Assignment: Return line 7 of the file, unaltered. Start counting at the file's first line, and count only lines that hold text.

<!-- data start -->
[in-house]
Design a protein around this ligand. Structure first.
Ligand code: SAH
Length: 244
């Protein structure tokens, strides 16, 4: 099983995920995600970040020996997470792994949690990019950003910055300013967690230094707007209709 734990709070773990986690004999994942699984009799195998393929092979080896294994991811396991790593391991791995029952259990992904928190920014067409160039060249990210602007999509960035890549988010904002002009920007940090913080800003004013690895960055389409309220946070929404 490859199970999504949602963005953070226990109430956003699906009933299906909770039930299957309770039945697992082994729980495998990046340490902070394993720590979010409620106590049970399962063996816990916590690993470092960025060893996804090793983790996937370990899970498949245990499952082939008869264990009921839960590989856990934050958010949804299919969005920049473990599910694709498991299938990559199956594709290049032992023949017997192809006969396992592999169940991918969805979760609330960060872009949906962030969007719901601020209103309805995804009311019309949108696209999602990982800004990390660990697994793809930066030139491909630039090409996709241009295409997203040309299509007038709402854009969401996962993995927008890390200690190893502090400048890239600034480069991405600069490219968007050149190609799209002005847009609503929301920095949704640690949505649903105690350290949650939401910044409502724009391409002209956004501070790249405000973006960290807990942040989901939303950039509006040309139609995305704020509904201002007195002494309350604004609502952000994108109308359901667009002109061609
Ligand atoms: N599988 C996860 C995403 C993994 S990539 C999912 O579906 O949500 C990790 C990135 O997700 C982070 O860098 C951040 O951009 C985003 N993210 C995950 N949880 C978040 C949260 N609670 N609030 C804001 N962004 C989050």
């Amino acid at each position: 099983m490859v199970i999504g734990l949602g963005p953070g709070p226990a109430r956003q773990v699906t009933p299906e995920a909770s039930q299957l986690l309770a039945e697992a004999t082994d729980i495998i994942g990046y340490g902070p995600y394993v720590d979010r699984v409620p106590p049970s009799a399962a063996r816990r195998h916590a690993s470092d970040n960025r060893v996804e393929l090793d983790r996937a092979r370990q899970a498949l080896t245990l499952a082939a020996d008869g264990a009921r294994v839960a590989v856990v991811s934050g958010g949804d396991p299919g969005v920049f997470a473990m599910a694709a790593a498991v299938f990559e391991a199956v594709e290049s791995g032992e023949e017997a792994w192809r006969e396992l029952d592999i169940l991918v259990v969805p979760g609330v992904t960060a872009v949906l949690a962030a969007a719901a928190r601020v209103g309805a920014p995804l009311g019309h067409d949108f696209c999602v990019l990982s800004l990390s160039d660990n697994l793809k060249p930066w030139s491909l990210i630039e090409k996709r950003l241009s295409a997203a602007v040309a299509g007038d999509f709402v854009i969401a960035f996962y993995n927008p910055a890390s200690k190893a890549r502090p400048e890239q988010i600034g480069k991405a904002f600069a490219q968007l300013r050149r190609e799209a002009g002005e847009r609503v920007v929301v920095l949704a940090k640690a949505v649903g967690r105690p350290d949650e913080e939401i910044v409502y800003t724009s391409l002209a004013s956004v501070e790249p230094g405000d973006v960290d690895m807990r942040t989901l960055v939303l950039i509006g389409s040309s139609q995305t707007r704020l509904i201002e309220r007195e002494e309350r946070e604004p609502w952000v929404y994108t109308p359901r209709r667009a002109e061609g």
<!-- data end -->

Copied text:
């Amino acid at each position: 099983m490859v199970i999504g734990l949602g963005p953070g709070p226990a109430r956003q773990v699906t009933p299906e995920a909770s039930q299957l986690l309770a039945e697992a004999t082994d729980i495998i994942g990046y340490g902070p995600y394993v720590d979010r699984v409620p106590p049970s009799a399962a063996r816990r195998h916590a690993s470092d970040n960025r060893v996804e393929l090793d983790r996937a092979r370990q899970a498949l080896t245990l499952a082939a020996d008869g264990a009921r294994v839960a590989v856990v991811s934050g958010g949804d396991p299919g969005v920049f997470a473990m599910a694709a790593a498991v299938f990559e391991a199956v594709e290049s791995g032992e023949e017997a792994w192809r006969e396992l029952d592999i169940l991918v259990v969805p979760g609330v992904t960060a872009v949906l949690a962030a969007a719901a928190r601020v209103g309805a920014p995804l009311g019309h067409d949108f696209c999602v990019l990982s800004l990390s160039d660990n697994l793809k060249p930066w030139s491909l990210i630039e090409k996709r950003l241009s295409a997203a602007v040309a299509g007038d999509f709402v854009i969401a960035f996962y993995n927008p910055a890390s200690k190893a890549r502090p400048e890239q988010i600034g480069k991405a904002f600069a490219q968007l300013r050149r190609e799209a002009g002005e847009r609503v920007v929301v920095l949704a940090k640690a949505v649903g967690r105690p350290d949650e913080e939401i910044v409502y800003t724009s391409l002209a004013s956004v501070e790249p230094g405000d973006v960290d690895m807990r942040t989901l960055v939303l950039i509006g389409s040309s139609q995305t707007r704020l509904i201002e309220r007195e002494e309350r946070e604004p609502w952000v929404y994108t109308p359901r209709r667009a002109e061609g």